To see what we said about Metro Exodus in greater detail, such as how its gameplay systems work and if its story is worth seeing play out, check out our full Metro Exodus review

[Note: 4A Games provided the copy of Metro Exodus Enhanced Edition used for this review.]

Metro Exodus Adds DLSS 2.0 and New Ray-Traced Graphics Thu, 29 Apr 2021 14:56:57 -0400 David Carcasole

In true Metro Exodus style, the latest upgrades to the game make it the best-looking version of the first-person shooter yet, as Metro Exodus will now feature NVIDIA's DLSS 2.0 technology and advanced ray-traced reflections, improved ray-traced global illumination, and ray-traced emissive lighting.  

NVIDIA has also released a new driver update to prepare PCs for the new upgrades. Players should check their GeForce app to prepare for the experience of new ray-tracing effects. 

The catch, however, with these upgrades for Metro Exodus is that they are unfortunately exclusive to specific GPUs, namely graphics cards with ray-tracing capabilities. This means only the latest cards from AMD and NVIDIA's 2000 and 3000 series cards will be able to take advantage of the upgrades. 

There's also no word as to whether support for AMD's version of DLSS, DirectML Super Resolution, will be added. For now, DLSS 2.0 support is only available for NVIDIA hardware. 

While the exclusivity for ray-tracing capable cards is unfortunate on the DLSS side, it also isn't surprising. The update will be available to all current owners of Metro Exodus but will have to be downloaded as a separate version of the game called Metro Exodus Enhanced Edition, which will be available on Steam on May 6, 2021.

Substantial Metro Exodus Next-Gen Upgrade Rolling Into the Station Mon, 15 Feb 2021 17:12:51 -0500 Josh Broadwell

Metro Exodus is getting a meaty next-gen upgrade later in 2021 and some extra visual enhancements for high-end PCs. Deep Silver and 4A Games announced the Metro Exodus next-gen versions in a new blog post and said both the console and PC upgrades will be free.

Metro Exodus on PlayStation 5 and Xbox Series X will support 4K visuals and run at 60fps, along with improved load times. The Xbox Series X version is getting spatial audio enhancements and reduced control input latency, while the PlayStation 5 version will support the DualSense's haptics.

The next-gen upgrades also include ray tracing on both consoles, a feature previously exclusive to high-end PCs but found in the likes of Spider-Man: Miles Morales and the next-gen version of Control. Specifically, it's Deep Silver's Ray Traced Global Illumination and Ray Traced Emissive Lighting made possible by the dev team "overhauling" the game's engine.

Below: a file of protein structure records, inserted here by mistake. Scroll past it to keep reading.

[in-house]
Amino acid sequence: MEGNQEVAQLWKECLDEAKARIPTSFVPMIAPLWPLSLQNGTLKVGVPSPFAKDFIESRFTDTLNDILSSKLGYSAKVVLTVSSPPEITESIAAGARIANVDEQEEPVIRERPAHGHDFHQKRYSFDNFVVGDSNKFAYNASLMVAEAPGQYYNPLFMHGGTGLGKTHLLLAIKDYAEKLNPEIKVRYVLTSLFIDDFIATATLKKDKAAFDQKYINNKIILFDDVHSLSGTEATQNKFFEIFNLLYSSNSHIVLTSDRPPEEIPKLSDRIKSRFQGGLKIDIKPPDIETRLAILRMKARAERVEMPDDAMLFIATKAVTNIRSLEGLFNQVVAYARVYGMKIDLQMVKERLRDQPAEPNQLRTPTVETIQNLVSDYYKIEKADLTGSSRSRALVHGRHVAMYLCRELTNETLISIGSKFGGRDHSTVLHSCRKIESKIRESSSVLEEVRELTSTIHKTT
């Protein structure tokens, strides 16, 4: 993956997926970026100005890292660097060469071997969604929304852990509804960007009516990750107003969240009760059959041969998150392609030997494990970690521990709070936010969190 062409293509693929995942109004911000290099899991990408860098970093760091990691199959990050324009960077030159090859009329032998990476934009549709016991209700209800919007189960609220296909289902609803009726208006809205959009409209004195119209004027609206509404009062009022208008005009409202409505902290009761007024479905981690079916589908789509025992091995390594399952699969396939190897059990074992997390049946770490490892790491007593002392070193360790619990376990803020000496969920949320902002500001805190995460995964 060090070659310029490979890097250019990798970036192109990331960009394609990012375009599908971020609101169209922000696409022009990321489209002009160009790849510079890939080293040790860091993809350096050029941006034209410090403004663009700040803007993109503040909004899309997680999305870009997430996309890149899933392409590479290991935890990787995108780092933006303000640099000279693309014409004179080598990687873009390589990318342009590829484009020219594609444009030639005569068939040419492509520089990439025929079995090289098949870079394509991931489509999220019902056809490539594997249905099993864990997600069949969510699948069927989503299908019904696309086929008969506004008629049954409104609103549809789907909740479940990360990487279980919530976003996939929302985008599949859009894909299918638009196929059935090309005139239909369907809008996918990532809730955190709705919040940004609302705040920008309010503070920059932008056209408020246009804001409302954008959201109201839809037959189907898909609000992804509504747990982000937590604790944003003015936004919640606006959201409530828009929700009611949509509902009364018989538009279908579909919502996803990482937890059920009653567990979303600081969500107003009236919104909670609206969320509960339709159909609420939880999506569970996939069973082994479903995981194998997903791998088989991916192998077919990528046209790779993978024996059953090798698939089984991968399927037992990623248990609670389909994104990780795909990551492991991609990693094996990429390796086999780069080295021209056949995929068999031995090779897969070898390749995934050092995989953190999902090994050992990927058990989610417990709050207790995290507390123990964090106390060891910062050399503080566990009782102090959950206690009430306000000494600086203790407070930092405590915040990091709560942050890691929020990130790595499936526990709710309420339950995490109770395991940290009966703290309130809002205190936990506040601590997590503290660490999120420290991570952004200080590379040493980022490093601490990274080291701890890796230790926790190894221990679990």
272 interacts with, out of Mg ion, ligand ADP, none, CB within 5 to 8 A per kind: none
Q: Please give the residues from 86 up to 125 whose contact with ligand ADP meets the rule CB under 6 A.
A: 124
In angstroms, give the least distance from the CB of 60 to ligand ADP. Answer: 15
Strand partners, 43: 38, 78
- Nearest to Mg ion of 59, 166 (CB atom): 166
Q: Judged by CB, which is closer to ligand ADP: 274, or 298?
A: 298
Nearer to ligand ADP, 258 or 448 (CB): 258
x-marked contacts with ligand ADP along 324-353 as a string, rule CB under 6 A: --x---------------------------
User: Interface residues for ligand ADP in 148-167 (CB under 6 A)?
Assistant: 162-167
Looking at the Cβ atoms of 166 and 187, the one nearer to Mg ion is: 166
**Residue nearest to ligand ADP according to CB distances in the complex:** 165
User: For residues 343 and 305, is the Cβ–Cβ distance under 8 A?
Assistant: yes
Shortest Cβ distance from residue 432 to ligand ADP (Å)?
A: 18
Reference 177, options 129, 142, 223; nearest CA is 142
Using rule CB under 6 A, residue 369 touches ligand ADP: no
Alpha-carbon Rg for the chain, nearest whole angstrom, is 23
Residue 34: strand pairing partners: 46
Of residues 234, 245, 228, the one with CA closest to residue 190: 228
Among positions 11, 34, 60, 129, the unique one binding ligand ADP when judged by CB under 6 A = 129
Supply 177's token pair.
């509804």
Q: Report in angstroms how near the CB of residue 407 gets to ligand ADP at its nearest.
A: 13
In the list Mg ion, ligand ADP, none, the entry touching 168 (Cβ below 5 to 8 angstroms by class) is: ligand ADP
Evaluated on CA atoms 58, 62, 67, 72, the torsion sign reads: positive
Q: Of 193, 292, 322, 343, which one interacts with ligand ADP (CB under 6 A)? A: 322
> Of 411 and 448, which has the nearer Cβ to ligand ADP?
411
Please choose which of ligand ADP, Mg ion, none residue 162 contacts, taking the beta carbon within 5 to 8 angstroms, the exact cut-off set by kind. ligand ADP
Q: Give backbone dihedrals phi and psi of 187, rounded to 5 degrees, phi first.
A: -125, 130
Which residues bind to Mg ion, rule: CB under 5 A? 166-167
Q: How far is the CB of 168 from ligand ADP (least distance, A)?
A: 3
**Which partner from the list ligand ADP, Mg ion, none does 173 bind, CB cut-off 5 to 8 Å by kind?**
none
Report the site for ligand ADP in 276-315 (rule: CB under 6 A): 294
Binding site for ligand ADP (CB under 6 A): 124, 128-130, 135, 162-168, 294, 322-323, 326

Deep Silver won't leave Xbox Series S owners out of the fun. Metro Exodus on Xbox Series S features 1080p resolution, 60fps, and full ray tracing.

Existing owners get the next-gen version for free, with Smart Delivery support on Xbox Series X|S.

Metro Exodus PC Enhanced Edition uses Deep Silver's new ray tracing technology to deliver "the ultimate ray traced experience." It requires a ray tracing capable GPU as the bare minimum and will be issued as a separate game instead of as a patch. However, Metro Exodus PC Enhanced Edition will still be free for existing owners.

[Source: Deep Silver]

Leaving the Books Behind Means the Best Metro Game is the Next One Mon, 09 Mar 2020 14:03:04 -0400 Mark Delaney

The Metro saga is a long and winding road. Russian author Dmitry Glukhovsky's post-apocalyptic story began nearly two decades ago, in 2002, before receiving its first English translation and video game adaptation in 2010. Since then, we've seen two more books and two more games.

The world of Metro has never been bigger than it was in 2019's Metro Exodus. Literally. It's the first game in the series to offer sandbox sections, but also narratively, it's the first story to take our returning, silent hero of the metro to new places.

After the best game in the series and two vital DLC chapters, 4A's Metro games have skirted a line between retelling and reimagining the books all the way to their finish line, which means the road ahead has never been more compelling.

Note: This article contains spoilers for the Metro series, including the books, games, and DLCs.